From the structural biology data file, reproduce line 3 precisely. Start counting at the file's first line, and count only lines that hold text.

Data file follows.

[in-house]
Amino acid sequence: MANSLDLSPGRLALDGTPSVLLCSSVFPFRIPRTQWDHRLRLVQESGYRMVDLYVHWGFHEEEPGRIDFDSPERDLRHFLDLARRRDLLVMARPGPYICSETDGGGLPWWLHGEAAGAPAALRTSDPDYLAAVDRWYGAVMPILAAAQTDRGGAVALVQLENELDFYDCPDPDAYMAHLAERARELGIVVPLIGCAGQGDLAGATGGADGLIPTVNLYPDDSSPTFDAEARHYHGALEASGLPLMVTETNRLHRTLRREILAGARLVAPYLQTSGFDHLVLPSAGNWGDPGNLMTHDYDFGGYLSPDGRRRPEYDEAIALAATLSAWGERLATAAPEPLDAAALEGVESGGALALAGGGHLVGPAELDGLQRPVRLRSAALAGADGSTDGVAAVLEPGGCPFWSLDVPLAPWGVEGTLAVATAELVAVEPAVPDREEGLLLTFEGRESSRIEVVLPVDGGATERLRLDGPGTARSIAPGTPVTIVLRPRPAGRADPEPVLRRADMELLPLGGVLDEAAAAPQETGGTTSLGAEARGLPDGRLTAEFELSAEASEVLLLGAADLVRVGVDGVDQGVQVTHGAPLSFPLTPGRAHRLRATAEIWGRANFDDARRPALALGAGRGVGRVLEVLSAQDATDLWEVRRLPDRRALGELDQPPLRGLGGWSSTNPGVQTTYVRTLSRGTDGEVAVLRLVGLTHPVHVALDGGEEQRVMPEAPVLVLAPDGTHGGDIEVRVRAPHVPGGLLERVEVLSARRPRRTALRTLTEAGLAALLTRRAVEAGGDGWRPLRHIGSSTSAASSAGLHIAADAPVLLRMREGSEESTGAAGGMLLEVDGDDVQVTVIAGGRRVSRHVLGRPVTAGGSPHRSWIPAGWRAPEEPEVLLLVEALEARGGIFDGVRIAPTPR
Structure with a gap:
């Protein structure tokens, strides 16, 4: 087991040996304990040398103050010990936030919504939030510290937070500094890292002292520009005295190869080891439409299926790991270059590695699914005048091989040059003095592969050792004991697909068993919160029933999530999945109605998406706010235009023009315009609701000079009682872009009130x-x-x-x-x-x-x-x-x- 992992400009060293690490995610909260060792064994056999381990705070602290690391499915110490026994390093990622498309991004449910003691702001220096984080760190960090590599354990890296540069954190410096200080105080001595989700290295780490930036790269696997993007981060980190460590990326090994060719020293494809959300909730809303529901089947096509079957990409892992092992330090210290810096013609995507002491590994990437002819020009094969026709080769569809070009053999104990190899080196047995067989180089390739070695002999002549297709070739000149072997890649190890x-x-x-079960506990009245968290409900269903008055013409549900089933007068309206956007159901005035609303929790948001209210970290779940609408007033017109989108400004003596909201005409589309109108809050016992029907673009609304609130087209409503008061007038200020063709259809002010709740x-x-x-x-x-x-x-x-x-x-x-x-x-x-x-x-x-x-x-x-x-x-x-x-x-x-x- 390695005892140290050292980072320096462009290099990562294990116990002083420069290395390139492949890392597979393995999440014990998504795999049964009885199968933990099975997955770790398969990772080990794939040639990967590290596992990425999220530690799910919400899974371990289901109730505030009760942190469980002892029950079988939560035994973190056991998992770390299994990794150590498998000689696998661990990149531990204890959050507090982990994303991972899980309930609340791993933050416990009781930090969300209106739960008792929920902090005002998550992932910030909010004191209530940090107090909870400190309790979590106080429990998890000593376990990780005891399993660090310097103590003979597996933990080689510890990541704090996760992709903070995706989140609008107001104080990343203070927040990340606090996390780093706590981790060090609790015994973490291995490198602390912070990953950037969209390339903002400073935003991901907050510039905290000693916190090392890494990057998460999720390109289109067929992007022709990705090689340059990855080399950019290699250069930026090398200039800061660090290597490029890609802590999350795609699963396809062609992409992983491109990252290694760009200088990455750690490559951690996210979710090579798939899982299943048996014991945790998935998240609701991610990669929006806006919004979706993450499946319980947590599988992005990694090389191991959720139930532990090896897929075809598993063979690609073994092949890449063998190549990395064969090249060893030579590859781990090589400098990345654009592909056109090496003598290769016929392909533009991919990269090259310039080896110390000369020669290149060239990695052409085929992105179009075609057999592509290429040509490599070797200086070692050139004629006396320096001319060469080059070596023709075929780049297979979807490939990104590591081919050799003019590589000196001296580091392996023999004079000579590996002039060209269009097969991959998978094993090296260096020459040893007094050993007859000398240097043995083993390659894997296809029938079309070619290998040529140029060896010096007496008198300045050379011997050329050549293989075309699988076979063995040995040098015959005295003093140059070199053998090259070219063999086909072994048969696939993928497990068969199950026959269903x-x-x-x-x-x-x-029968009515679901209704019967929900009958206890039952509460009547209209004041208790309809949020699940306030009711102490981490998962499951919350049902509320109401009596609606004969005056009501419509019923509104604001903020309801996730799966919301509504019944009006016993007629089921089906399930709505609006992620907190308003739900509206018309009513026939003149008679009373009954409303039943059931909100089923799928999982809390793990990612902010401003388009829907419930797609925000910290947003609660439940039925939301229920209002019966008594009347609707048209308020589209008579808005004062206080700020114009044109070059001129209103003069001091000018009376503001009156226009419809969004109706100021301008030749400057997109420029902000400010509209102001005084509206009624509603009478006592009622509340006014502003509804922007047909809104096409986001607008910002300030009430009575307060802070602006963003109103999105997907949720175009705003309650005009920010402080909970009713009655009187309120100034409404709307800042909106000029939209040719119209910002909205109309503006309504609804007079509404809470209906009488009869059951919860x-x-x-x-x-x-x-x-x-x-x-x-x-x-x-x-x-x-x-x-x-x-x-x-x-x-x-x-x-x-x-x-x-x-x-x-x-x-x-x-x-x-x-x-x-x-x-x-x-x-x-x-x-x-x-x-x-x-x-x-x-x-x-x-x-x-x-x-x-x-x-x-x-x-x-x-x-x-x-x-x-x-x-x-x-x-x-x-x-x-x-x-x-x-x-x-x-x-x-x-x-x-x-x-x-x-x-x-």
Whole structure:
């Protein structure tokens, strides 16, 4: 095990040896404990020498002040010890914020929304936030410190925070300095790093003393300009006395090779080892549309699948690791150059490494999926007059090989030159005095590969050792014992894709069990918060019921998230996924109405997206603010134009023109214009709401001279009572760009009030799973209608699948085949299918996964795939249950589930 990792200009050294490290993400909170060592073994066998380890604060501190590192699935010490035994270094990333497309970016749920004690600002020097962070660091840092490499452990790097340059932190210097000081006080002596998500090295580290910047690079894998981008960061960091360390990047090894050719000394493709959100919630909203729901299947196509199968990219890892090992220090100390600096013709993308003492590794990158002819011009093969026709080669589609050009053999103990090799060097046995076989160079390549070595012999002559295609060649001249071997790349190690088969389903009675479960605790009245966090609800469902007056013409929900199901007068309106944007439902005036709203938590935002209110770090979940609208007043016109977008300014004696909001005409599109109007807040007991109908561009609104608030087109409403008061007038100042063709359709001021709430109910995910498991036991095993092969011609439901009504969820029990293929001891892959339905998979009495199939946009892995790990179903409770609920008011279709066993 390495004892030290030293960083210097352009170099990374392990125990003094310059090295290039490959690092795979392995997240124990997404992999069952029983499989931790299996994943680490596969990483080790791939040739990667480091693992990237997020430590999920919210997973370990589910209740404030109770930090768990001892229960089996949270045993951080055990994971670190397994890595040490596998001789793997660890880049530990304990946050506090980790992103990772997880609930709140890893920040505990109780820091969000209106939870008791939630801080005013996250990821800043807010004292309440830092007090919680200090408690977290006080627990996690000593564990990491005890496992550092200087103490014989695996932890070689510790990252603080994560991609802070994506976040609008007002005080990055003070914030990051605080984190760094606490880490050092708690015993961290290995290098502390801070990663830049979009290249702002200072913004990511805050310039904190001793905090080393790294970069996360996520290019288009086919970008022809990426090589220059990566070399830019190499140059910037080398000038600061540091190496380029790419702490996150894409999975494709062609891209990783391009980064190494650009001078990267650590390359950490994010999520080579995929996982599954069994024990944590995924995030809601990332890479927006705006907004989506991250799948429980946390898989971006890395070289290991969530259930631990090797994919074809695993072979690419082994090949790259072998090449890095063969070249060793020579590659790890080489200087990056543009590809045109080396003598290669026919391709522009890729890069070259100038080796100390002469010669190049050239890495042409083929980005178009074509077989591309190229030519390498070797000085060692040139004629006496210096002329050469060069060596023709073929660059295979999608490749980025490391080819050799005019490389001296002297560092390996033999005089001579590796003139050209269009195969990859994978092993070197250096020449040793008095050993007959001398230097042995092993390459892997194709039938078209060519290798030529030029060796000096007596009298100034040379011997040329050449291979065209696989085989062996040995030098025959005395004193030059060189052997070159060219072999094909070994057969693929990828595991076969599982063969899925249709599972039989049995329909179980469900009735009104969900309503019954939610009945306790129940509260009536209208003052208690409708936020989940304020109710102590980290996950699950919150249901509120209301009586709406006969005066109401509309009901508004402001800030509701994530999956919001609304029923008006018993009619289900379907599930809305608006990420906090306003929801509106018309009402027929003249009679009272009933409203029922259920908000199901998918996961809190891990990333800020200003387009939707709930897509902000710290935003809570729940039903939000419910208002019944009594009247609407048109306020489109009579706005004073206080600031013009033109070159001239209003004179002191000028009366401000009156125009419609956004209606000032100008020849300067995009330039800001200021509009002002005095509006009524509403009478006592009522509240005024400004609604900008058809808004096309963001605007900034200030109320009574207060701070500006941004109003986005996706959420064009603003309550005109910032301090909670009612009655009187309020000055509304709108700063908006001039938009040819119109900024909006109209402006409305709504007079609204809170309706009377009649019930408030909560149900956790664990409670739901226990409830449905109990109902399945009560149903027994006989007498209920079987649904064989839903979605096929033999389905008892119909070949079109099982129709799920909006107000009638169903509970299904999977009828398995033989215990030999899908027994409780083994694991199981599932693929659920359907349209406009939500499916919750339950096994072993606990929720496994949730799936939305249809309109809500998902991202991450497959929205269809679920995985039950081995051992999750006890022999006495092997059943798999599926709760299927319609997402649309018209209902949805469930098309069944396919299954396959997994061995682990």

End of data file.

Structure with a gap: